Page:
That sums up how I feel about the announcement this week that Daniel Day-Lewis is retiring. What an actor: three Oscars, a method genius, all of the above. But prolific is the last thing he is. It would be disingenuous to say that any of us had imagined seeing too many more Day-Lewis performances before we finish strutting and fretting our own hour upon the stage. I’m 45; Day-Lewis’s first, brief screen appearance was in Sunday Bloody Sunday, which came out the year I was born. So even allowing for another 30 years on this planet, I still wasn’t reckoning on seeing new screen work from him more than five times in my life. It’s a loss but, given the proper support and counselling, it’s one I can live with.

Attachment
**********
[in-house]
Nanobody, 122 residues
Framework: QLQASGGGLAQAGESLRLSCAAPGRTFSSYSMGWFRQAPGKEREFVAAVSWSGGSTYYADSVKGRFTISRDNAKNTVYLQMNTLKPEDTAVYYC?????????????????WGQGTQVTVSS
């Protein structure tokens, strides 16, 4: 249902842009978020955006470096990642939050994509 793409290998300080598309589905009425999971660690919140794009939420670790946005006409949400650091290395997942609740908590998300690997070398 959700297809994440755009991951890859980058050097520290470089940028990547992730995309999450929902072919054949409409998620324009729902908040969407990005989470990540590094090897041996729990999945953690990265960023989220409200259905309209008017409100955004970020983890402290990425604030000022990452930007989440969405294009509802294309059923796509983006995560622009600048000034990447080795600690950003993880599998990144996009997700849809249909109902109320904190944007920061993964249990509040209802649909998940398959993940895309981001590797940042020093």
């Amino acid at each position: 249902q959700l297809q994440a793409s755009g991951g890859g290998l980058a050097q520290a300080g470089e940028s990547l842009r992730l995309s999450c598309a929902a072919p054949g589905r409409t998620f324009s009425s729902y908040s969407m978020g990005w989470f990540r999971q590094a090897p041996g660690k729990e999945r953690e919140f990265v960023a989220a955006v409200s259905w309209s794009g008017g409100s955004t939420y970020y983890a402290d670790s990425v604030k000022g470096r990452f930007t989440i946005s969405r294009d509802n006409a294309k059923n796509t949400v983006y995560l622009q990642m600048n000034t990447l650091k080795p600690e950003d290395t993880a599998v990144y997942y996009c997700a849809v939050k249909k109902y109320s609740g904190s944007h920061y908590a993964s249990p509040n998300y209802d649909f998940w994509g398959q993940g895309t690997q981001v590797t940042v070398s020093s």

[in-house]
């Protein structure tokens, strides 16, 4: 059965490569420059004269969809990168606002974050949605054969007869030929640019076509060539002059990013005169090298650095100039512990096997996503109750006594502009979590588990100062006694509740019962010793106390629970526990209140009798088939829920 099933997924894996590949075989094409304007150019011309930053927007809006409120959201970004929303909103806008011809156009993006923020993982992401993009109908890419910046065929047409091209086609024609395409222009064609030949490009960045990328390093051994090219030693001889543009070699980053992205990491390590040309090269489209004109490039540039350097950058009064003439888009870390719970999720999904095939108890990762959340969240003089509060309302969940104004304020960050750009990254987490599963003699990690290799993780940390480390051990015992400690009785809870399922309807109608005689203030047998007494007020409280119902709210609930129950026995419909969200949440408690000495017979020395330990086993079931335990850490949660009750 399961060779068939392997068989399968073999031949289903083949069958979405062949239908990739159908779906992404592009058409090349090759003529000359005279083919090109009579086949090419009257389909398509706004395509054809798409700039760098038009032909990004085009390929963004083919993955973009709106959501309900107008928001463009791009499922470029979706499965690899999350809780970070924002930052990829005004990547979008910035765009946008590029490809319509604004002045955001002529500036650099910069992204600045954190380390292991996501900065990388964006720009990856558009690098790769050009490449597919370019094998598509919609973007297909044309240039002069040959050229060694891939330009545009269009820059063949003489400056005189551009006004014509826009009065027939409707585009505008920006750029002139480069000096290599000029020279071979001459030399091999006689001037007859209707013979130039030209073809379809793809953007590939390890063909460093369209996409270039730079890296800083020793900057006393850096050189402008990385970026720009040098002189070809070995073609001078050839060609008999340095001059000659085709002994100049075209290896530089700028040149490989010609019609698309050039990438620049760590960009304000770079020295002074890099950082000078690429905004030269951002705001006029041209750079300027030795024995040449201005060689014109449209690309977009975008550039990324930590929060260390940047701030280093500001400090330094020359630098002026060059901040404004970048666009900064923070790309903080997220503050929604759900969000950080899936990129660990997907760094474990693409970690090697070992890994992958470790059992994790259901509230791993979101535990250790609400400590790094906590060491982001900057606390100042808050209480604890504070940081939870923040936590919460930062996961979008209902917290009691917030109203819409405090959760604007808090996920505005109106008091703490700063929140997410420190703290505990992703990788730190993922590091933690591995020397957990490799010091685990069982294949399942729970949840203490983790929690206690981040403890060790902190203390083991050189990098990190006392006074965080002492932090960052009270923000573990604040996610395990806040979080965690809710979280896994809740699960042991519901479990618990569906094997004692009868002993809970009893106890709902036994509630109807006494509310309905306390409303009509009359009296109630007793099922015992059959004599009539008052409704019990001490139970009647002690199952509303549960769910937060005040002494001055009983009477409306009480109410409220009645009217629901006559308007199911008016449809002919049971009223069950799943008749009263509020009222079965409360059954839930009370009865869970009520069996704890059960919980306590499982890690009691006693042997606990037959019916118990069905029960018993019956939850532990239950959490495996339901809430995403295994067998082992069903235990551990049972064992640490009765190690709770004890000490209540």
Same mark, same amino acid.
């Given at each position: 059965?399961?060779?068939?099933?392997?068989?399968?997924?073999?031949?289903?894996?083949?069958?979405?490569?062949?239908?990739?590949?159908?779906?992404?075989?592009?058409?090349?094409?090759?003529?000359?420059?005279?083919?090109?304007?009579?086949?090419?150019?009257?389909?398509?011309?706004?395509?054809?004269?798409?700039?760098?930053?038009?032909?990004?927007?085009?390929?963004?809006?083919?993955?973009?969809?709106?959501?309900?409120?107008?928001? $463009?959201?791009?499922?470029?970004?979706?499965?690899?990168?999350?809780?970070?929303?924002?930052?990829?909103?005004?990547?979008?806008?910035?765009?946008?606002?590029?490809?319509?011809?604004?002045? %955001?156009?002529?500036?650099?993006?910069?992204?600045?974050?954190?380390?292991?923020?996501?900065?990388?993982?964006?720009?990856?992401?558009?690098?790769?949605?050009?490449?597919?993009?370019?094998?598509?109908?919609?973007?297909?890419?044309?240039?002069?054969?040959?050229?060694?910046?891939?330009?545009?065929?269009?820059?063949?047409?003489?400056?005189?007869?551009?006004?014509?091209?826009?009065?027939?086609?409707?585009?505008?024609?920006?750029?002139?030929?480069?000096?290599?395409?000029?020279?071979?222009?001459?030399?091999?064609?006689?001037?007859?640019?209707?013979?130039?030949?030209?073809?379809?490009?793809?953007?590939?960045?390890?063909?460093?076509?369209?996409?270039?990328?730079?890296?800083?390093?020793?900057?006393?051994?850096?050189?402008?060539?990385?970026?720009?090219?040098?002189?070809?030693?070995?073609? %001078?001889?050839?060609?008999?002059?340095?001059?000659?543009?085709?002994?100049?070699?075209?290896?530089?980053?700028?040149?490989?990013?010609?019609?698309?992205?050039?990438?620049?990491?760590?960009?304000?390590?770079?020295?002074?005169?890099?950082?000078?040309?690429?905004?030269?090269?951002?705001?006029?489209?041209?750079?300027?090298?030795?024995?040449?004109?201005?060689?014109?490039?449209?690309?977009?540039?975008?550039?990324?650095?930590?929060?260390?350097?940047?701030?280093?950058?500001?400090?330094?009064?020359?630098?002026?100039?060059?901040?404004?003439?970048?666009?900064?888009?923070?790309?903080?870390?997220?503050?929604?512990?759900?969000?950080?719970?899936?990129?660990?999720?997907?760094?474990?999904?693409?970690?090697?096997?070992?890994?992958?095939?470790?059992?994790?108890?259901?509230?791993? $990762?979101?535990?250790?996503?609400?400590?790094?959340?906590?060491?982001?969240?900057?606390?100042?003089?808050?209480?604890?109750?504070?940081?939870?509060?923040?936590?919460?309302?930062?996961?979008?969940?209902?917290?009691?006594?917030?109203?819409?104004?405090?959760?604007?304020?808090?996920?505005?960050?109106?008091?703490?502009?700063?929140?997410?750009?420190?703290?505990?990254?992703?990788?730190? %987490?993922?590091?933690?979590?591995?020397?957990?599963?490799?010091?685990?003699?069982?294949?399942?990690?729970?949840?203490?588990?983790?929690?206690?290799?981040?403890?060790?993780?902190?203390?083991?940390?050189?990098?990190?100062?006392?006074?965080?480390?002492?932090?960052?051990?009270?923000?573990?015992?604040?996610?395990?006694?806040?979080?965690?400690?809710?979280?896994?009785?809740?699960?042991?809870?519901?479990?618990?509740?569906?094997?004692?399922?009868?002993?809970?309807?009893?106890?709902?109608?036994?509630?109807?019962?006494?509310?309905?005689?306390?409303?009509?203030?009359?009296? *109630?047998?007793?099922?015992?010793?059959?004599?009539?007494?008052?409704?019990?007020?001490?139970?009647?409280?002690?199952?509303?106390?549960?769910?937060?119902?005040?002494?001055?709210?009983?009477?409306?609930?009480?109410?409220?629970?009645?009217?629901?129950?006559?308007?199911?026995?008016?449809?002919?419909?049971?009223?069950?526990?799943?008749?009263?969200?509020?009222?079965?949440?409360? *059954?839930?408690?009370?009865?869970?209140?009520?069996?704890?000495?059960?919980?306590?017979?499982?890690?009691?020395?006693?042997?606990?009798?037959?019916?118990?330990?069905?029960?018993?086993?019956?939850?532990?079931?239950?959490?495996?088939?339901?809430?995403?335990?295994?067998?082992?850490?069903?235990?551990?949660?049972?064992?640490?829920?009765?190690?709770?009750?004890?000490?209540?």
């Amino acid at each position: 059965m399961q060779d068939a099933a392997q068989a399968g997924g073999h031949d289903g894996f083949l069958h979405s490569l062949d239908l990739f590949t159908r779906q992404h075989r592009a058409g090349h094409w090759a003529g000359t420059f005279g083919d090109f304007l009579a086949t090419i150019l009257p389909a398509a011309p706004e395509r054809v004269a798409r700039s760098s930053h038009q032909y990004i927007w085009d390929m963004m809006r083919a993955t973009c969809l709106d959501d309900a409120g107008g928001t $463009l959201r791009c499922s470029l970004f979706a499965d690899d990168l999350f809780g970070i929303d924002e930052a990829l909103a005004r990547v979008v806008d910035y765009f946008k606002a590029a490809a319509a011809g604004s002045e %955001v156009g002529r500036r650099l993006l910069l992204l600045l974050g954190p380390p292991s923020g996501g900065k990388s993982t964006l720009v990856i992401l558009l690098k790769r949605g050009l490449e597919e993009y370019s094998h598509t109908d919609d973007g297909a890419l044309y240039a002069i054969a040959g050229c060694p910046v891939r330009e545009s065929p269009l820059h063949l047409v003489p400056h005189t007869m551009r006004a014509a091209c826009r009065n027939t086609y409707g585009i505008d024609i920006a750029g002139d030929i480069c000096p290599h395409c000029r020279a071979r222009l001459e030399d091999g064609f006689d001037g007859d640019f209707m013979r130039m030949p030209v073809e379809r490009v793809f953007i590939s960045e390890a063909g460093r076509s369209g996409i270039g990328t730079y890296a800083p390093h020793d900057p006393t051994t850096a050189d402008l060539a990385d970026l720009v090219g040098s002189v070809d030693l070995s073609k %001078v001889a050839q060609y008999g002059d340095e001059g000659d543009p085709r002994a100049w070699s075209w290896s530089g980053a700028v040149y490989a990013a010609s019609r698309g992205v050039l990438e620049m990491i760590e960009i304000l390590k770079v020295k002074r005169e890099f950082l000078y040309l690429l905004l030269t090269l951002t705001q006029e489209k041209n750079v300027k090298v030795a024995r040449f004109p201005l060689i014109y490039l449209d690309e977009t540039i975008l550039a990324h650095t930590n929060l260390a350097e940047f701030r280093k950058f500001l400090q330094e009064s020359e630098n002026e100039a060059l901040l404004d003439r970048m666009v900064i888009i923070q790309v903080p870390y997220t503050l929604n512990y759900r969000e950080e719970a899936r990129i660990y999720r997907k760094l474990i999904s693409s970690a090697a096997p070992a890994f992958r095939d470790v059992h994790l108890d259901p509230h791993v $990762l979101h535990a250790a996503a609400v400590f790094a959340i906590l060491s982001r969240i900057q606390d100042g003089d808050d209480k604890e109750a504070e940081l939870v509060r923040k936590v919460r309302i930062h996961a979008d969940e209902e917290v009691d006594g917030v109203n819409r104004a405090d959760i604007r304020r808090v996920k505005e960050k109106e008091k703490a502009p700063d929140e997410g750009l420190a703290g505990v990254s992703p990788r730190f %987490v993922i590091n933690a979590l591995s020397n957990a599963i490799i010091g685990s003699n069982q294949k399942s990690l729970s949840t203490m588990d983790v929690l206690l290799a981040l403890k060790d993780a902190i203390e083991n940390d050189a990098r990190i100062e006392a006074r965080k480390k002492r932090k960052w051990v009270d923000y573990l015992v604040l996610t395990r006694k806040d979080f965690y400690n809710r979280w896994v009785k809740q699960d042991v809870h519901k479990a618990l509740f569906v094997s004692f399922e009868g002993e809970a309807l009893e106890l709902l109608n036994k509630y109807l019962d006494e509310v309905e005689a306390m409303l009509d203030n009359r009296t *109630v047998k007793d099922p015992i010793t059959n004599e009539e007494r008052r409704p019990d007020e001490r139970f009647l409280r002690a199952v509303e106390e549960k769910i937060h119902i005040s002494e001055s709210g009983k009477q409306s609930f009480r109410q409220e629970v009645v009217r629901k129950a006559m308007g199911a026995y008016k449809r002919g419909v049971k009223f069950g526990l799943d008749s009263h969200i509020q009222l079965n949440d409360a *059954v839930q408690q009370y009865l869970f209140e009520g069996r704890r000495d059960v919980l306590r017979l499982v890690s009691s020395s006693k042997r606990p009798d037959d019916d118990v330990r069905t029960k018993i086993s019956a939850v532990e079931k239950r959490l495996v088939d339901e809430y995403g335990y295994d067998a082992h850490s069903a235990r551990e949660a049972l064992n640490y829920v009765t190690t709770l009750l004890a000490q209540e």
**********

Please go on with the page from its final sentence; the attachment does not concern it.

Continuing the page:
Looking at Day-Lewis’s recent work-rate helps bring some perspective to the situation. He is currently shooting the 1950s-set fashion drama, Phantom Thread, for Paul Thomas Anderson, who solicited from him a towering, elemental performance in There Will Be Blood, which won him his second Oscar. But before that, the last time we saw him on screen was four-and-a-half years ago in Lincoln (Oscar Number Three). Prior to that, a full three years earlier, was Nine, a woeful musical spin on Fellini’s that is one of the few blots on an otherwise impeccable CV. In 2007, it was There Will Be Blood; in 2005, The Ballad of Jack and Rose, directed by his wife, Rebecca Miller; and in 2002, Scorsese’s Gangs of New York—the film that enticed Day-Lewis out of his first retirement.